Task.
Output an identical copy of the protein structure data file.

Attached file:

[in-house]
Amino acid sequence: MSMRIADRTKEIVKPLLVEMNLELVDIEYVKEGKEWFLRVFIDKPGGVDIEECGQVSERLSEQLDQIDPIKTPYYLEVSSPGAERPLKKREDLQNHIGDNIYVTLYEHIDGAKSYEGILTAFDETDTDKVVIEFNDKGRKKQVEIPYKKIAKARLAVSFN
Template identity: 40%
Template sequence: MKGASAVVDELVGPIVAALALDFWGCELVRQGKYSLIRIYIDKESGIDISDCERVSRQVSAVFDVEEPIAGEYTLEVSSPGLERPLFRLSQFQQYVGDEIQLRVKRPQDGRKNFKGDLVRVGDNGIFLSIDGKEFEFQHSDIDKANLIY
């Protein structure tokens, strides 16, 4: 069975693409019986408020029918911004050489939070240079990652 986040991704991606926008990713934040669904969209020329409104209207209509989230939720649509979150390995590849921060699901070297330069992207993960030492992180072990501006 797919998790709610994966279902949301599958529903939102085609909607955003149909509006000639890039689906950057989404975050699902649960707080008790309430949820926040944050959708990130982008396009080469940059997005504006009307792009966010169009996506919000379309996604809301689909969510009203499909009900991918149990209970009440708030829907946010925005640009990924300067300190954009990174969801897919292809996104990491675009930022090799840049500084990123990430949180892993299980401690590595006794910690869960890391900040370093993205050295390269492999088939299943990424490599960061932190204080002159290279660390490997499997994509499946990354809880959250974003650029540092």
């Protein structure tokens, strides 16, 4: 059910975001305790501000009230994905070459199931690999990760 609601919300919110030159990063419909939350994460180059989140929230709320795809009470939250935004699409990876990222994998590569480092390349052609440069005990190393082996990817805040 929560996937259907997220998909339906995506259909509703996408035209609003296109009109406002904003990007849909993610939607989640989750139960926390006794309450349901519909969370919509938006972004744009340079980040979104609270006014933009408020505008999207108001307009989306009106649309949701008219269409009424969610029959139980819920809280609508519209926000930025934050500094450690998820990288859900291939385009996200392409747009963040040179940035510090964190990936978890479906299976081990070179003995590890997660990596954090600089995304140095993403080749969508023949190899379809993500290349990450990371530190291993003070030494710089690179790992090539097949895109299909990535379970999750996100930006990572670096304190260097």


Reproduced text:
[in-house]
Amino acid sequence: MSMRIADRTKEIVKPLLVEMNLELVDIEYVKEGKEWFLRVFIDKPGGVDIEECGQVSERLSEQLDQIDPIKTPYYLEVSSPGAERPLKKREDLQNHIGDNIYVTLYEHIDGAKSYEGILTAFDETDTDKVVIEFNDKGRKKQVEIPYKKIAKARLAVSFN
Template identity: 40%
Template sequence: MKGASAVVDELVGPIVAALALDFWGCELVRQGKYSLIRIYIDKESGIDISDCERVSRQVSAVFDVEEPIAGEYTLEVSSPGLERPLFRLSQFQQYVGDEIQLRVKRPQDGRKNFKGDLVRVGDNGIFLSIDGKEFEFQHSDIDKANLIY
């Protein structure tokens, strides 16, 4: 069975693409019986408020029918911004050489939070240079990652 986040991704991606926008990713934040669904969209020329409104209207209509989230939720649509979150390995590849921060699901070297330069992207993960030492992180072990501006 797919998790709610994966279902949301599958529903939102085609909607955003149909509006000639890039689906950057989404975050699902649960707080008790309430949820926040944050959708990130982008396009080469940059997005504006009307792009966010169009996506919000379309996604809301689909969510009203499909009900991918149990209970009440708030829907946010925005640009990924300067300190954009990174969801897919292809996104990491675009930022090799840049500084990123990430949180892993299980401690590595006794910690869960890391900040370093993205050295390269492999088939299943990424490599960061932190204080002159290279660390490997499997994509499946990354809880959250974003650029540092």
């Protein structure tokens, strides 16, 4: 059910975001305790501000009230994905070459199931690999990760 609601919300919110030159990063419909939350994460180059989140929230709320795809009470939250935004699409990876990222994998590569480092390349052609440069005990190393082996990817805040 929560996937259907997220998909339906995506259909509703996408035209609003296109009109406002904003990007849909993610939607989640989750139960926390006794309450349901519909969370919509938006972004744009340079980040979104609270006014933009408020505008999207108001307009989306009106649309949701008219269409009424969610029959139980819920809280609508519209926000930025934050500094450690998820990288859900291939385009996200392409747009963040040179940035510090964190990936978890479906299976081990070179003995590890997660990596954090600089995304140095993403080749969508023949190899379809993500290349990450990371530190291993003070030494710089690179790992090539097949895109299909990535379970999750996100930006990572670096304190260097």